Over the mossy hills, seeking adventure.

© Charly, all rights reserved. Click for full size.


Edit: I bloody well wish that when I click “delete permanently” in order to re-upload badly cropped picture WordPress really deleted it. As it is, it does not allow me to re-upload a picture unless I also rename it – otherwise, it just un-deletes the wrong version over and over again. The button “delete permanently” is thus without real function. AAARGH.

Mushroom Hunt Pictures – The Finale

Yes, this series is starting at its end, in my kitchen.

Today I took a day off of knifemaking. And by that I mean completely day off, I tried to not even think about knives (at which I failed). I went on a long walk to the forest to look if there are some mushrooms to collect. And there were, enough for me and my father to have a big lunch and a whole bunch that was cooked and put into the freezer for future use.

I did take my camera with me, but we already had a series of mushroom species. And anyway, what I collected was about 90%  blushers and other species were sparse or not there at all yet – the true season comes in August/September.

Blushers are one of those mushrooms that have their own very specific taste – a bit like meat. So the recipe that I have used was very simple – I chopped them up, salted them, added a bit of cumin, basil, oregano, and a tiny amount of ground pepper bolete. Then I softened some onion on lard, added the mushrooms and I stewed them for at least thirty minutes with frequent stirring until most of the water was gone.

So if you cannot expect pictures of mushrooms, what can you expect? Well, I made random pictures of flowers and roadside stuff that I will post one-two a day until I am done. Unfortunately, there were not that many interesting insects around either, but that might be because I was looking for mushrooms, not for bugs. Do not expect some great art, but some of those pictures would look quite good as a screen background, in my opinion.

I Wish I Were This Strong

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She was carrying the dead beetle for several meters already when I caught up with her, and she still had several meters to go. And it was by no means easy to get a sharp picture, but she took a breather for a moment here.

If you have ever wondered where end all those insects and little critters that you step on in your garden – now you have an answer.

Blackheaded Cardinal Beetle

This little buddy has climbed out of a hollow brick yesterday when I was processing dog-daisies into chemical weapons against wooly aphids infesting my bonsai trees (long story).

It was kind enough to remain in place for quite some time, allowing me to take pictures from all possible angles.

© Charly, all rights reserved. Click for full size.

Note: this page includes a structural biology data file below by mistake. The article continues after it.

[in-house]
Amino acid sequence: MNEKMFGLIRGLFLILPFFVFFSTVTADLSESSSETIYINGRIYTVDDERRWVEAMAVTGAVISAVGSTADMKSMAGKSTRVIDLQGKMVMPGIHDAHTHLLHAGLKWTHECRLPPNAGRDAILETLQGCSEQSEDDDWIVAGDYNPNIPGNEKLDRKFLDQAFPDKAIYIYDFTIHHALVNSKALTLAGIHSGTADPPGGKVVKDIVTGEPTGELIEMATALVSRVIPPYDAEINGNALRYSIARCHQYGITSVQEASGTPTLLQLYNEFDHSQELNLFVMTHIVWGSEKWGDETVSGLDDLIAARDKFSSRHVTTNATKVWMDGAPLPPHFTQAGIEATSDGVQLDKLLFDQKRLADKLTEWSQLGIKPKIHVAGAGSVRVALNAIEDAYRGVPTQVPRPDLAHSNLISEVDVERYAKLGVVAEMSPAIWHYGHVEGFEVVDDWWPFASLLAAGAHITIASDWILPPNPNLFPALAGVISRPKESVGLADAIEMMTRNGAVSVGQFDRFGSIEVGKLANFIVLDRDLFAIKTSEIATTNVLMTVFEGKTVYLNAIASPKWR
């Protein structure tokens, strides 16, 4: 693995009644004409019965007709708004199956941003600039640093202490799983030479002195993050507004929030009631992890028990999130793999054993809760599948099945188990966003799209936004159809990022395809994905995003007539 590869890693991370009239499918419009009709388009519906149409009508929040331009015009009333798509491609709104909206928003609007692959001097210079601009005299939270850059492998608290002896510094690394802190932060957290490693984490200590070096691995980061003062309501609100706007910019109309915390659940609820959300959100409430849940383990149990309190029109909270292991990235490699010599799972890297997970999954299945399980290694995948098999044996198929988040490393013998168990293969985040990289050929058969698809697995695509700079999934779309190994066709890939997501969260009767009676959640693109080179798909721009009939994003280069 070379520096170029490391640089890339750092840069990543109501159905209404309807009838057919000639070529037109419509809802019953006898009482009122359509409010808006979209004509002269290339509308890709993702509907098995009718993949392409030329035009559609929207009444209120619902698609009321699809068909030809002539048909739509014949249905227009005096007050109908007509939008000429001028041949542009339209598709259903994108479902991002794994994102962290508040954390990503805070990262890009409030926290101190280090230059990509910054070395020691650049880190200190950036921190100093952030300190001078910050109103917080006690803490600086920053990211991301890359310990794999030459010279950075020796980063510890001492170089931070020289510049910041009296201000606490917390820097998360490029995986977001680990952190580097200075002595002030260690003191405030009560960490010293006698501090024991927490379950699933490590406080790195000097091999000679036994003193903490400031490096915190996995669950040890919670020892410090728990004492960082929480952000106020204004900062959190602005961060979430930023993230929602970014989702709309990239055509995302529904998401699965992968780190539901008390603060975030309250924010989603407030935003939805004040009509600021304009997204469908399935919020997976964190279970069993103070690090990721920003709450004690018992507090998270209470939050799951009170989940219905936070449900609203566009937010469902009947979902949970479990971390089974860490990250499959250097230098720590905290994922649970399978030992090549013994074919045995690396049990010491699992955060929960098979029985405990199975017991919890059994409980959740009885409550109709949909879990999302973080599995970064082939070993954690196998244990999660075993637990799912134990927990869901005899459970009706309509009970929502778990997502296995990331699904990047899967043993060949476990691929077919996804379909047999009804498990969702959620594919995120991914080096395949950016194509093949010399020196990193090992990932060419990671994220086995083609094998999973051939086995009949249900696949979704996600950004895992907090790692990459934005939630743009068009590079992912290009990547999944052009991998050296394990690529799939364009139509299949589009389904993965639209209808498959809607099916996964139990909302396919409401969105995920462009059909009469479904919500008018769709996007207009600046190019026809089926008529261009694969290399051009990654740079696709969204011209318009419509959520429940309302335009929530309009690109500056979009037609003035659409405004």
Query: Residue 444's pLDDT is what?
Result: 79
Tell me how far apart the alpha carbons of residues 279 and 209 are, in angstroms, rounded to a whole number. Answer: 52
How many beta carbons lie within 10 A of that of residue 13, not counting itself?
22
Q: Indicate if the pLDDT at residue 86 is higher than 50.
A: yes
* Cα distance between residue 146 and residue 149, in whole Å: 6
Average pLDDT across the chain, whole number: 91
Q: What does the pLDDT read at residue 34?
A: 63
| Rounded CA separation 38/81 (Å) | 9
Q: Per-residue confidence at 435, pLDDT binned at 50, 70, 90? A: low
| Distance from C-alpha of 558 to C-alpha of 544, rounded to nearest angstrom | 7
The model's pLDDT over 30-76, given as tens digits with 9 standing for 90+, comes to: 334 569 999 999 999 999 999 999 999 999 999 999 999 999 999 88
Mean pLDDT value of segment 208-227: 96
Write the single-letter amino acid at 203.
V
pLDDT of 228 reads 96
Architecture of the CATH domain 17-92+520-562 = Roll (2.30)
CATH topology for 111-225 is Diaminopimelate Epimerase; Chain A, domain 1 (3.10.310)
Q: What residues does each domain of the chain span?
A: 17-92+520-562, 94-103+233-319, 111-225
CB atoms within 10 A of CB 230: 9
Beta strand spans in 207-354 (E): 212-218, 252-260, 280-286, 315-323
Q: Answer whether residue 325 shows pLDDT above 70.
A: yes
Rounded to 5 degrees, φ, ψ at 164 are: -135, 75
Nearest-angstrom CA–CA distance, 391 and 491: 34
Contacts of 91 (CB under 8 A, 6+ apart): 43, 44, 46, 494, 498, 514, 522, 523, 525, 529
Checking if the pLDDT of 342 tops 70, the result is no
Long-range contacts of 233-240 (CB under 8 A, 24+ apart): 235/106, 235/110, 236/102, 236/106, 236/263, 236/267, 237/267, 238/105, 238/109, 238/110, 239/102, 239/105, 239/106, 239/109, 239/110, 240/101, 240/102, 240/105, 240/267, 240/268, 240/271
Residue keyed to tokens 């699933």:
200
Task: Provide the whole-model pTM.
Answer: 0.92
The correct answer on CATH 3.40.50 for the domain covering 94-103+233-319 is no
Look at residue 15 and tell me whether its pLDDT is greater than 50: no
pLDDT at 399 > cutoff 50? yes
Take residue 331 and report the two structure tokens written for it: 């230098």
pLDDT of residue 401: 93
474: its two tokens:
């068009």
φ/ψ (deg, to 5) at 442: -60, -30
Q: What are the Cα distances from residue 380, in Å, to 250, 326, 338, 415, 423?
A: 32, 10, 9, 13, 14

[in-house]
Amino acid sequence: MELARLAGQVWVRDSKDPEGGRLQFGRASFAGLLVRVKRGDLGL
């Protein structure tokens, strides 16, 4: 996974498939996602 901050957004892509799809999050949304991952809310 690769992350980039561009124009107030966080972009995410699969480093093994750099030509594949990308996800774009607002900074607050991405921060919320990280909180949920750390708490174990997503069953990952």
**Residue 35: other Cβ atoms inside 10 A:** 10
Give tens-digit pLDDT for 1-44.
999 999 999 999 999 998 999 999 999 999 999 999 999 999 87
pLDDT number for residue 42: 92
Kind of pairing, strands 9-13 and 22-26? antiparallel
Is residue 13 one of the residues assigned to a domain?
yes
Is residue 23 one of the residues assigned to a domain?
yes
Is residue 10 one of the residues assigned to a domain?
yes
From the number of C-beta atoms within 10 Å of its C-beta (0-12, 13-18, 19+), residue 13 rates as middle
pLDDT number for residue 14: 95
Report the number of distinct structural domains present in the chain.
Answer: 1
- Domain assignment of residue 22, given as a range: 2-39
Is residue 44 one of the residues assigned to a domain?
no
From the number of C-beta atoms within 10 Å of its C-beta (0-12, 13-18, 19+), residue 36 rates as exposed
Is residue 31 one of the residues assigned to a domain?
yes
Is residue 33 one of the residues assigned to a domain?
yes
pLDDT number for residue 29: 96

© Charly, all rights reserved. Click for full size.

© Charly, all rights reserved. Click for full size.

© Charly, all rights reserved. Click for full size.

© Charly, all rights reserved. Click for full size.

© Charly, all rights reserved. Click for full size.

© Charly, all rights reserved. Click for full size.

This Little Fellow Gave Me Quite a Start

Today when I went into the workshop  I had to light the fire because, despite reasonably sunny weather, the temperatures are really low. And this little fellow was sitting on one piece of wood and he gave me quite a start, for I have mistaken him for a wasp. Which is the point of its coloration, of course.

Unfortunately, I was only able to make these two pictures. The beetle was quite sluggish in the cold workshop, but when I took it outside in the sun, it warmed up quickly and flew off before I could make more with better camera settings. I hope my entomologist friend will be able to identify the species. Preliminarily I think it is some species of longhorn beetle that has emerged from a pupa in firewood.

© Charly, all rights reserved. Click for full size.

© Charly, all rights reserved. Click for full size.

Monday Mercurial: Duck, Duck, Goose!

The usual residents on any pond are mallards, who I think are underappreciated for their beauty, both male and female, just because they are common. Makes me wonder if people who live in places with colourful parrot that make us ohh and ahh see them the same way as we do with out local wildlife.

Anyway, mallards also feature in the best known German children’s song: Alle meine Entchen (all my little ducks):

It’s a 150 years old and will probably last at least another 150 years: It features animals, is easy to sing and play and describes something even city kids may see and know.

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We also got a pair of Egyptian geese at the pond. While originally coming from, you guess, Egypt, they are now pretty common around Europe. They can cause trouble in places where humans like to spread on laws they consider THEIR lawns, but are for the rest harmless.

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©Giliell, all rights reserved

©Giliell, all rights reserved

©Giliell, all rights reserved

Yellowhammers Visit.

I had this visitor a few weeks ago, but the light was bad and I was unable to identify the species. Luckily my biologist friend was able to forward it to an ornithologist who was so very kind and identified the bird for me. So when yesterday they returned in good light, I knew what I am looking at.

The ornithologist also sent some bad news with the identification. He confirmed my subjective observation that there are significantly fewer birds. Some species are actually becoming rare – the whole genus Carduelis for example (greenfinches, goldfinches, siskins). This winter I have not seen a single specimen of these three species, whereas in previous years greenfinches and siskins came in flocks counting dozens.

© Charly, all rights reserved. Click for full

© Charly, all rights reserved. Click for full

© Charly, all rights reserved. Click for full

And yes, we finally had a few cms of snow. This week seems to have been the actual winter, what we had before was merely agonizingly long and dark fall.